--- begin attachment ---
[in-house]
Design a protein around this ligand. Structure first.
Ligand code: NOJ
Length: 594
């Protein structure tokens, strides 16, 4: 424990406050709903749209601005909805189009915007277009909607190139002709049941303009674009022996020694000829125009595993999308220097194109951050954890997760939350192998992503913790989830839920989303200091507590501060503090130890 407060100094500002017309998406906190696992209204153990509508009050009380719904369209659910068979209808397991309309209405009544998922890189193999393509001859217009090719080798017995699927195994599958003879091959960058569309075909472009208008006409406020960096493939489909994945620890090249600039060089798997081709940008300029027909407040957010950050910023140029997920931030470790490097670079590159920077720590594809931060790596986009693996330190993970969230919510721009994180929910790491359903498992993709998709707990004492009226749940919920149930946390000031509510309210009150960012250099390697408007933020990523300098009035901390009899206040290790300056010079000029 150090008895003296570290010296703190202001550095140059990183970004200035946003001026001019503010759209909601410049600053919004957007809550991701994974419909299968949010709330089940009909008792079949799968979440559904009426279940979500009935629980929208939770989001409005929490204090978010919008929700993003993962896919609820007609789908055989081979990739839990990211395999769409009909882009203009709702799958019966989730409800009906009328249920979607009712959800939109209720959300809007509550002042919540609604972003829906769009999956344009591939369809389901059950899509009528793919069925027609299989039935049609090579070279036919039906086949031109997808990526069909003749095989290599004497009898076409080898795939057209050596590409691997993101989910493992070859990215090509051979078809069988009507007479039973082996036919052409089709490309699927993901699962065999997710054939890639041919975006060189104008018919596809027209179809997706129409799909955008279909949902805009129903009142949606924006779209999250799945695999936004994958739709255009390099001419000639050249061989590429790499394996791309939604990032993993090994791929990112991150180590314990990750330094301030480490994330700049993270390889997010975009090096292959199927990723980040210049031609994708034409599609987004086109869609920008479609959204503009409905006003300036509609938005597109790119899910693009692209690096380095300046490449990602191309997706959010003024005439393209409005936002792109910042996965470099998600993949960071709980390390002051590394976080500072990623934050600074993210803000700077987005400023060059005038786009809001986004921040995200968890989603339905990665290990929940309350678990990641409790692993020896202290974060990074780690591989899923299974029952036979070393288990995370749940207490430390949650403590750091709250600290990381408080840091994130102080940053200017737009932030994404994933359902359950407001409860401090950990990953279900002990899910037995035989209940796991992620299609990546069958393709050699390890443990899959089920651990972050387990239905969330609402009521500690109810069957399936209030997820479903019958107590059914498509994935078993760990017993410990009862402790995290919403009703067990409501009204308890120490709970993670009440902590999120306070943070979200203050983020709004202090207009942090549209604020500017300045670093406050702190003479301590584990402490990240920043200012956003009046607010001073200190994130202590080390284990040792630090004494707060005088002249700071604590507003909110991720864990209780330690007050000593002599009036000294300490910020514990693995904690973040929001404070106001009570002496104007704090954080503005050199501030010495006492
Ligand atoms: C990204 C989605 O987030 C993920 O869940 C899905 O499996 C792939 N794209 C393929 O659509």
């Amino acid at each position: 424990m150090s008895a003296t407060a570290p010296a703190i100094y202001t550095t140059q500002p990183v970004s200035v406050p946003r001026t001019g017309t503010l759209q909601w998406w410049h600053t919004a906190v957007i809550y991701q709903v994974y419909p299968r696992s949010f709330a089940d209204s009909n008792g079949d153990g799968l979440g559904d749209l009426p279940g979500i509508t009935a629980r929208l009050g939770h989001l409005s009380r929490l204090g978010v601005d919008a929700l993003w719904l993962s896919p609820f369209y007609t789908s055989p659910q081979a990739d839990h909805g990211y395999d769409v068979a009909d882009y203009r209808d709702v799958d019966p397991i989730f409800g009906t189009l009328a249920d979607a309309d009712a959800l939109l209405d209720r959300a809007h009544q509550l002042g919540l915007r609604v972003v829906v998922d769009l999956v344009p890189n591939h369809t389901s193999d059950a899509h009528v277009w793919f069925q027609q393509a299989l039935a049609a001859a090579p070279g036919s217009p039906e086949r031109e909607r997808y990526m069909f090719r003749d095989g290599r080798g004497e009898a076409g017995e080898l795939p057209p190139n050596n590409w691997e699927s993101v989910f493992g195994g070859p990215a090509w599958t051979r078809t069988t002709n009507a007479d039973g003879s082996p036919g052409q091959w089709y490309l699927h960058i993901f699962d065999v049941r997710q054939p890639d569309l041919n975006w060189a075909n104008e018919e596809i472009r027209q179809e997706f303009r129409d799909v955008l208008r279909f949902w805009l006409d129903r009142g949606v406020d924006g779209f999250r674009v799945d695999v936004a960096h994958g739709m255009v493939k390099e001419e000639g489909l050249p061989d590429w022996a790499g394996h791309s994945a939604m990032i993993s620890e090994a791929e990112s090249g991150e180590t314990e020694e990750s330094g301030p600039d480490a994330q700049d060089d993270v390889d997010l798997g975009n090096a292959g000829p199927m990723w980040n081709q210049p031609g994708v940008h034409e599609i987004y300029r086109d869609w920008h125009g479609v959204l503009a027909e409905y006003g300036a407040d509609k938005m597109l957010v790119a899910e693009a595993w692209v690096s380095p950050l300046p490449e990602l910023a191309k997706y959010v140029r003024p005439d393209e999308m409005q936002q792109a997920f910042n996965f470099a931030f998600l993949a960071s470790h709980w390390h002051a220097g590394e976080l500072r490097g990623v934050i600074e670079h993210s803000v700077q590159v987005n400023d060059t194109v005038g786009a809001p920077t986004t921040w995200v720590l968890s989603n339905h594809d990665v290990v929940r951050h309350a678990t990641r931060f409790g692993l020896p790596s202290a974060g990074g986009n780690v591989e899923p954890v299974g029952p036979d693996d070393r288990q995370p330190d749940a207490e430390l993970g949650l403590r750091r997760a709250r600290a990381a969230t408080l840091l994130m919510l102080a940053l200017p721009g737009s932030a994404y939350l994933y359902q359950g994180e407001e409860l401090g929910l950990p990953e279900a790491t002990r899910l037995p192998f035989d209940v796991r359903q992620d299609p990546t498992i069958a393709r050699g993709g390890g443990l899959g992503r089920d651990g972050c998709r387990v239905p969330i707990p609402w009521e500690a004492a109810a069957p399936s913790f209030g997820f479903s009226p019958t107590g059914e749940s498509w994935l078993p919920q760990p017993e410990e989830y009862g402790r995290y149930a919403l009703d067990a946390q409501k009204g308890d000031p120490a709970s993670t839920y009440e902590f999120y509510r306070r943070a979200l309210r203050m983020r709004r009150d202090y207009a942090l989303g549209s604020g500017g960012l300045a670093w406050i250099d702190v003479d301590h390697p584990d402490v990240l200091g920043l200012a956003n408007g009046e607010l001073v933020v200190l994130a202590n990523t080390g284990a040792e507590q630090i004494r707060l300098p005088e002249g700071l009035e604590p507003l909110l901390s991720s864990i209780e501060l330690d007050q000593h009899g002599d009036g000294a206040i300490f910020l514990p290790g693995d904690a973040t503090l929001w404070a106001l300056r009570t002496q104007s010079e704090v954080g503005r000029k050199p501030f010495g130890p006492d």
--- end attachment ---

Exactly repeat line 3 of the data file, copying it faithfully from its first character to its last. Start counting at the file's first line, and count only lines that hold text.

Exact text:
Ligand code: NOJ